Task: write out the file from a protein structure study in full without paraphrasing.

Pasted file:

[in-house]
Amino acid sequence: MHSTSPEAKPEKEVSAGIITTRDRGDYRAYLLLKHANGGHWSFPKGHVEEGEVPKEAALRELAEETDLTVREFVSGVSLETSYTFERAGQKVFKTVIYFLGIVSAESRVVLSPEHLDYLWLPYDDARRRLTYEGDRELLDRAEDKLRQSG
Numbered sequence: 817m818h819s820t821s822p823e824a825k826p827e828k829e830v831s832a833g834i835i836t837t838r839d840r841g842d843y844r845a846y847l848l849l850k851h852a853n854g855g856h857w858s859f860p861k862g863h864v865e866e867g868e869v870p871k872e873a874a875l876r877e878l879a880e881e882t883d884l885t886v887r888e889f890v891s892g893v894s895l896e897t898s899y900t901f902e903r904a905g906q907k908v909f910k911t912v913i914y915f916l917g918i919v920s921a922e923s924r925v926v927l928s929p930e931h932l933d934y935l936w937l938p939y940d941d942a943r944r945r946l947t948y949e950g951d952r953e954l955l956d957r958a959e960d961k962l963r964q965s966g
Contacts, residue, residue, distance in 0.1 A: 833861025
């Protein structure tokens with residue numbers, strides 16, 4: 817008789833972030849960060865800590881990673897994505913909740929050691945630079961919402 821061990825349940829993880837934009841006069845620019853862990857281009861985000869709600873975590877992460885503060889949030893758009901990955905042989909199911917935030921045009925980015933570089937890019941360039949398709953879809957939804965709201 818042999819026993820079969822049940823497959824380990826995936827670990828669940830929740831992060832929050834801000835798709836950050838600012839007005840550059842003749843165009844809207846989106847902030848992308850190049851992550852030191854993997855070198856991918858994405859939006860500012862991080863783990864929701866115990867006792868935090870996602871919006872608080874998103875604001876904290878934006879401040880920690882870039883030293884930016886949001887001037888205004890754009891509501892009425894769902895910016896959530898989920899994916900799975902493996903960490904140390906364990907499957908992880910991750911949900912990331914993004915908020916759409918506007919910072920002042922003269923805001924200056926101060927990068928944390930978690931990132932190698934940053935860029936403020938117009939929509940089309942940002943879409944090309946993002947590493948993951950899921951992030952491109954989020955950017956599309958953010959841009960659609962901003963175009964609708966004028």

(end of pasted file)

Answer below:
[in-house]
Amino acid sequence: MHSTSPEAKPEKEVSAGIITTRDRGDYRAYLLLKHANGGHWSFPKGHVEEGEVPKEAALRELAEETDLTVREFVSGVSLETSYTFERAGQKVFKTVIYFLGIVSAESRVVLSPEHLDYLWLPYDDARRRLTYEGDRELLDRAEDKLRQSG
Numbered sequence: 817m818h819s820t821s822p823e824a825k826p827e828k829e830v831s832a833g834i835i836t837t838r839d840r841g842d843y844r845a846y847l848l849l850k851h852a853n854g855g856h857w858s859f860p861k862g863h864v865e866e867g868e869v870p871k872e873a874a875l876r877e878l879a880e881e882t883d884l885t886v887r888e889f890v891s892g893v894s895l896e897t898s899y900t901f902e903r904a905g906q907k908v909f910k911t912v913i914y915f916l917g918i919v920s921a922e923s924r925v926v927l928s929p930e931h932l933d934y935l936w937l938p939y940d941d942a943r944r945r946l947t948y949e950g951d952r953e954l955l956d957r958a959e960d961k962l963r964q965s966g
Contacts, residue, residue, distance in 0.1 A: 833861025
């Protein structure tokens with residue numbers, strides 16, 4: 817008789833972030849960060865800590881990673897994505913909740929050691945630079961919402 821061990825349940829993880837934009841006069845620019853862990857281009861985000869709600873975590877992460885503060889949030893758009901990955905042989909199911917935030921045009925980015933570089937890019941360039949398709953879809957939804965709201 818042999819026993820079969822049940823497959824380990826995936827670990828669940830929740831992060832929050834801000835798709836950050838600012839007005840550059842003749843165009844809207846989106847902030848992308850190049851992550852030191854993997855070198856991918858994405859939006860500012862991080863783990864929701866115990867006792868935090870996602871919006872608080874998103875604001876904290878934006879401040880920690882870039883030293884930016886949001887001037888205004890754009891509501892009425894769902895910016896959530898989920899994916900799975902493996903960490904140390906364990907499957908992880910991750911949900912990331914993004915908020916759409918506007919910072920002042922003269923805001924200056926101060927990068928944390930978690931990132932190698934940053935860029936403020938117009939929509940089309942940002943879409944090309946993002947590493948993951950899921951992030952491109954989020955950017956599309958953010959841009960659609962901003963175009964609708966004028």